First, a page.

We’re always sharing on Twitter and Facebook studies that show how great music is for kids, especially when they’re learning how to play an instrument. These tweets and posts are sometimes lost in newsfeeds and timelines, but what they say still remains true, sometimes even long after your kid has lost interest in the instrument.
Some things are pretty logical, such as how fun and motivating music can be. But others are pretty awesome. Did you know that people who learned an instrument when they were young are actually better at picking up foreign languages – for the rest of their lives? Another study showed that high school students involved in music actually do better on their SATs. Improvements can be seen in all portions of the tests, but guess which one gets the highest boost in scores? No, not math: the verbal portion. Amazing!
There are a lot more fascinating facts on how learning to play an instrument or studying music actually works on young minds. And for future reference, we grouped some of them all together in this neat little infographic we made:
Cool, huh? You can click on the image to get the full view. Let us know if you have any other little tidbit to share and we’ll research it and add it to the infographic’s next update. We also found a ton of statistics on what instruments kids prefer and how long they play them – but we’re being all mysterious and leaving that for some other time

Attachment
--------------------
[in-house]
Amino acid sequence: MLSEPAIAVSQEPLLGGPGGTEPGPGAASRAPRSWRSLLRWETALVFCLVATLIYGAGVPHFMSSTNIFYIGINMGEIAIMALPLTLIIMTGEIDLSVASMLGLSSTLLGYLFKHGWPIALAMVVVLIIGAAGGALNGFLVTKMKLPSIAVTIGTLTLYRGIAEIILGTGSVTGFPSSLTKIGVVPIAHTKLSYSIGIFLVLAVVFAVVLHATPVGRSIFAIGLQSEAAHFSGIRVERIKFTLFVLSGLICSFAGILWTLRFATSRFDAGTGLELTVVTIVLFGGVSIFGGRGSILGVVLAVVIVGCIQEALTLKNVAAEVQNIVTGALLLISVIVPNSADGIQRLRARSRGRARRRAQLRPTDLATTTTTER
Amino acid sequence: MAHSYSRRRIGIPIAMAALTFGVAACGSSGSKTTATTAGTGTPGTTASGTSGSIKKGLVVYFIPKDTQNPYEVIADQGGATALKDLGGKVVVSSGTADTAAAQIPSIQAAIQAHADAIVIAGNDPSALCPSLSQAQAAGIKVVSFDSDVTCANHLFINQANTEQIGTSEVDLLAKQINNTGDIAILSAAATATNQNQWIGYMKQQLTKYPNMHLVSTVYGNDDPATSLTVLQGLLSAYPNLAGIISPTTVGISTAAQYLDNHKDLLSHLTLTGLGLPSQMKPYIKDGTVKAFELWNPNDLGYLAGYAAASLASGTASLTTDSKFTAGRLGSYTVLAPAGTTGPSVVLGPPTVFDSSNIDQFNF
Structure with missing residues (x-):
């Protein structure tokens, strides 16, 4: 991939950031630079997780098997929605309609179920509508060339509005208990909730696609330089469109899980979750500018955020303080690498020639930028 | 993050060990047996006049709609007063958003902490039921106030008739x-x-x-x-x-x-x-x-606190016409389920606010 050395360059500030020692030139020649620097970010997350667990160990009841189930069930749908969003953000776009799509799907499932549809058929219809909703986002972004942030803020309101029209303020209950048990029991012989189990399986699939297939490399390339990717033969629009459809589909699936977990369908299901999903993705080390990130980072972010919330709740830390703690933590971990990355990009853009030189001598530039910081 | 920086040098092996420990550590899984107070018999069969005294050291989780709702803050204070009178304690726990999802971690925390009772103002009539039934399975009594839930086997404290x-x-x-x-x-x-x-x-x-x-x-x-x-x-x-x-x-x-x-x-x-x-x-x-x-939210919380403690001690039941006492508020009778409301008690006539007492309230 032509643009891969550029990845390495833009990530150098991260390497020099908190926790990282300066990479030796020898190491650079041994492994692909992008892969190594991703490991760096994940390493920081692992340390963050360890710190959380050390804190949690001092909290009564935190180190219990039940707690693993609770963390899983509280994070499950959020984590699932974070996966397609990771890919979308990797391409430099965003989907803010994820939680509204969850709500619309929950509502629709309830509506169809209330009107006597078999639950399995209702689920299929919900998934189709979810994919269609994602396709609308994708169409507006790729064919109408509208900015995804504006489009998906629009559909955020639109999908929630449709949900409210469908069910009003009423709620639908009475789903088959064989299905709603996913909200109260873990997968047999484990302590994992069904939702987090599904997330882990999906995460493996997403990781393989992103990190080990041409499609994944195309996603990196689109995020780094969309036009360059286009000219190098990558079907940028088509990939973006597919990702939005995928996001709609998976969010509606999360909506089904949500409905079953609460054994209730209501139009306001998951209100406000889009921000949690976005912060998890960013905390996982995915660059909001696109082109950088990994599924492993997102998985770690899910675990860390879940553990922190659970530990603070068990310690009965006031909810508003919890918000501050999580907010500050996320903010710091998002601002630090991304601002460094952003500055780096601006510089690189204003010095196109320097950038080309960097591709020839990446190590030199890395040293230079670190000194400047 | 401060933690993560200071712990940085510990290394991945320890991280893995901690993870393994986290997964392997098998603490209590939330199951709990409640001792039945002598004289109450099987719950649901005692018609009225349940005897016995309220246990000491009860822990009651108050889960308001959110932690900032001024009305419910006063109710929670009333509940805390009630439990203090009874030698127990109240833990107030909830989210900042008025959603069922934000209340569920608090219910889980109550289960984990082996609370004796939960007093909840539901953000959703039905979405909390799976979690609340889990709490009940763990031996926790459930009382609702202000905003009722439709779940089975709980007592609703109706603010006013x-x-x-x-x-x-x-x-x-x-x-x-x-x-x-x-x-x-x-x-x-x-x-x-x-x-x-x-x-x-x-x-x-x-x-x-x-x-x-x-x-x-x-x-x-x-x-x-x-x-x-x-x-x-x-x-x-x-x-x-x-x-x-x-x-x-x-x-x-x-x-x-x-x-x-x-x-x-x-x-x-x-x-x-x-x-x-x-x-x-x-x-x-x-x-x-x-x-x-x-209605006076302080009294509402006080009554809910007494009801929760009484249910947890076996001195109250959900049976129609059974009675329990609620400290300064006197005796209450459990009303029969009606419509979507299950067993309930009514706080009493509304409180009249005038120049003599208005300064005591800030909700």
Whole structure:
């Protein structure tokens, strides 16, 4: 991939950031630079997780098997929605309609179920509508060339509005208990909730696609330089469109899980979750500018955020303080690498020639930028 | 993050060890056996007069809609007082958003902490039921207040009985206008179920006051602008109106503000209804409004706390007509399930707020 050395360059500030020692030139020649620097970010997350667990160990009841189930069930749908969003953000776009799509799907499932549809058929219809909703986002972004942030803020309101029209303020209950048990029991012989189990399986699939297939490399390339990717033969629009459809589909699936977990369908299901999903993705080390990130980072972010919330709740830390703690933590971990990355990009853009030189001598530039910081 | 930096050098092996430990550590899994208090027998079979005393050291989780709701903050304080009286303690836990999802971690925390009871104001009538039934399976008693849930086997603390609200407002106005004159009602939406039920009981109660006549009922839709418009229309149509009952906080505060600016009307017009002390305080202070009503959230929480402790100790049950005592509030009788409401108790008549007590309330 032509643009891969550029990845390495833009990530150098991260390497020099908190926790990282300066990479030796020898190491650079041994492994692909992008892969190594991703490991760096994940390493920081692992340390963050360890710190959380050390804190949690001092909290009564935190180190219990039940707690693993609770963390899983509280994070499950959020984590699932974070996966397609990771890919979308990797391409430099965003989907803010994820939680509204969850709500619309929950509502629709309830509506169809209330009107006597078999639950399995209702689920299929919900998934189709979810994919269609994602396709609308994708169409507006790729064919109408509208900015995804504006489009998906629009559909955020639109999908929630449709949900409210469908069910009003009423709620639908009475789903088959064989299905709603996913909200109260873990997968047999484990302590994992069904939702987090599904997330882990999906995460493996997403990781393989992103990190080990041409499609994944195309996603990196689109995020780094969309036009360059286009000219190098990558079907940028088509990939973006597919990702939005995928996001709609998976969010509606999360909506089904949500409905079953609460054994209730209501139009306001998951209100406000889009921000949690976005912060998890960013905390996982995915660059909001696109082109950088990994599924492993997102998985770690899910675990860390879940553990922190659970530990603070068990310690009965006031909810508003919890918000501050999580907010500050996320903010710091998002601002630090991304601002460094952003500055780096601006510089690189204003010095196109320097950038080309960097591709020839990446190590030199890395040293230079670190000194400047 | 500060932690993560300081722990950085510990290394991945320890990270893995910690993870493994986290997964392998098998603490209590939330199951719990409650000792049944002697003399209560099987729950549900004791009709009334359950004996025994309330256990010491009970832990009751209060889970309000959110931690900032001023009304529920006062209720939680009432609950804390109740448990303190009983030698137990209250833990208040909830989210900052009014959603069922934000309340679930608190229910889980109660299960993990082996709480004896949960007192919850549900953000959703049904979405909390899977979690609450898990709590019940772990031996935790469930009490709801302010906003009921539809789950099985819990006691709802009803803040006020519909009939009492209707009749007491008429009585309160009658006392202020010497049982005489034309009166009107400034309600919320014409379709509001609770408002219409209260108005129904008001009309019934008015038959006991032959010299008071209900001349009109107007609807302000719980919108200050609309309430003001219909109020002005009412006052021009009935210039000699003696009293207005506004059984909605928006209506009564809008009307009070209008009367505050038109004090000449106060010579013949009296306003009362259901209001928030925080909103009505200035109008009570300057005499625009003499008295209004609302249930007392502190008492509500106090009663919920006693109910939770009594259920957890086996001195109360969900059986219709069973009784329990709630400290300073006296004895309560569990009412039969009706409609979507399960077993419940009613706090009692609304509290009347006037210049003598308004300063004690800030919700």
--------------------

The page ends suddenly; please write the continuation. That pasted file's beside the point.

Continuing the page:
Oh, and one last thing! We know PNG infographics with unclickable sources can be heart-wrenching for those of us who love floundering around the web. That’s why we’re also putting them here:
Wannaplaymusic.com: How Children Benefit from Music Education In Schools
Nature.com: Musical experience shapes human brainstem encoding of linguistic pitch patterns
Nature.com: Music training for the development of auditory skills
ScienceDaily.com: Music Education Can Help Children Improve Reading Skills
Jstor: Music and Mathematics – Modest Support for the Oft-Claimed Relationship
Sage Journals: Music Lessons Enhance IQ
Taylor & Francis Online: Higher education music students’ perceptions of the benefits of participative music making
University of St. Thomas: An Investigation of Secondary School Students’ Self-Reported Reasons for Extracurricular Musical and Athletic Activities
McGill University: Intensely pleasurable responses to music correlate with activity in brain regions implicated in reward and emotion
San Marino High School Music Department: Music Education Statistics and Facts